During your hedge fund interviews, don’t pitch crowded trades, bottom line.
When thinking through investments to pitch, don’t pitch the latest idea you read in a hedge fund investor letter. Wall Street is a small world and everyone knows the “popular” longs and shorts. If you read about a good idea in a hedge fund investor letter, that means everyone on the street read the same thing.
A good example of a crowded short trade is St. Joe Company (ticker JOE). On October 14, 2010 popular HF manager David Einhorn of Greenlight Capital pitched JOE as a short. Einhorn argued that JOE’s land is worth about $7-10 per share with JOE currently trading in the low $20’s. While Einhorn is probably correct, this quickly became widely known on Wall Street – everyone knew Greenlight was shorting the stock and Einhorn pitched a very compelling thesis. If you pitch this in a hedge fund interview, right off the bat they will know you took this idea from Einhorn’s presentation.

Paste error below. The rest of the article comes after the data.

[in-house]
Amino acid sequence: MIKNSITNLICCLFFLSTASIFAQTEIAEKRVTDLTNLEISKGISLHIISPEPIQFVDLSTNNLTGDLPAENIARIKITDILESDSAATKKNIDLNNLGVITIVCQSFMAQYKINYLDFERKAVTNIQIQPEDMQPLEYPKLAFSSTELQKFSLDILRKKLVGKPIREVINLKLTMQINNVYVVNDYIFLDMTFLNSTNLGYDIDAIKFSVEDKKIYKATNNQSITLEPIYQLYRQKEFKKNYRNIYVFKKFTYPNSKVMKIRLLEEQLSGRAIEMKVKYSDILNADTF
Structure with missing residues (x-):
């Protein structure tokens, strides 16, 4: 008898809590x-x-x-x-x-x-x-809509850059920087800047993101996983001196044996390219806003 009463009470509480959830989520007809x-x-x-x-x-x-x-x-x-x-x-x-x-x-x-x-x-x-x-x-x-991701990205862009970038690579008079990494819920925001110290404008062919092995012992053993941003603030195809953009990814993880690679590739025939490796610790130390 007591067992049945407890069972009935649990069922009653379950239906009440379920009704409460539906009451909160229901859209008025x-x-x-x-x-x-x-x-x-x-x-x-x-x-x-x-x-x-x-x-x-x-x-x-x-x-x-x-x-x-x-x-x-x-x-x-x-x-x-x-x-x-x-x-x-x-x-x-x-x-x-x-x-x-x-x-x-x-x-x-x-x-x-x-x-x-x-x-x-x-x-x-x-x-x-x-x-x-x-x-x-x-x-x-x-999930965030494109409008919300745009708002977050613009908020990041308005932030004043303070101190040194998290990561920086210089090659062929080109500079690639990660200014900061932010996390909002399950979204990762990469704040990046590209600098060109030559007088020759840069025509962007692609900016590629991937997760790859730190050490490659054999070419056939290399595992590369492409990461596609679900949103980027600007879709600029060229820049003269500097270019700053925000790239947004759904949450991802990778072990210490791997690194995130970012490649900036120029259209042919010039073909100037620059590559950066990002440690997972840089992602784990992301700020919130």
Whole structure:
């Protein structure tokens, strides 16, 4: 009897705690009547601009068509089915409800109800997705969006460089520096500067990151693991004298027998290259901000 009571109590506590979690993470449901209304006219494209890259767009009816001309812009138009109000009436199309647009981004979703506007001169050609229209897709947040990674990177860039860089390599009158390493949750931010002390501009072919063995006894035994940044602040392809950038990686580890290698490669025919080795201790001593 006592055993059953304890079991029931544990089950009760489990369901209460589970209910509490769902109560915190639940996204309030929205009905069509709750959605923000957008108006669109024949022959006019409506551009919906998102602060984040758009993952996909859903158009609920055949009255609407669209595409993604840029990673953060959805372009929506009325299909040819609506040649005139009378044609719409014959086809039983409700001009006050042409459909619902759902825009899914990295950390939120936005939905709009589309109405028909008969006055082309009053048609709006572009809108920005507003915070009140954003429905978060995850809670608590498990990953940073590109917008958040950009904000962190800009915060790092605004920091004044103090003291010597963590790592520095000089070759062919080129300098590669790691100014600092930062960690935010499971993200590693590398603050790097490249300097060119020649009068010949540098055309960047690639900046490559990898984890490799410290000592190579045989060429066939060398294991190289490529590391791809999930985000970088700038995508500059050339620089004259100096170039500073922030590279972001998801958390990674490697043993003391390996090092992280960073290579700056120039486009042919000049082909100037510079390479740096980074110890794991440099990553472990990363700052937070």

With that being said, let’s take a look at the stock. Einhorn pitched the short and the stock fell 30%. Every hedge fund followed suit, and lastly the short trade got overly crowded. Then, when everyone realized there was no short-term catalyst, the stock almost doubled.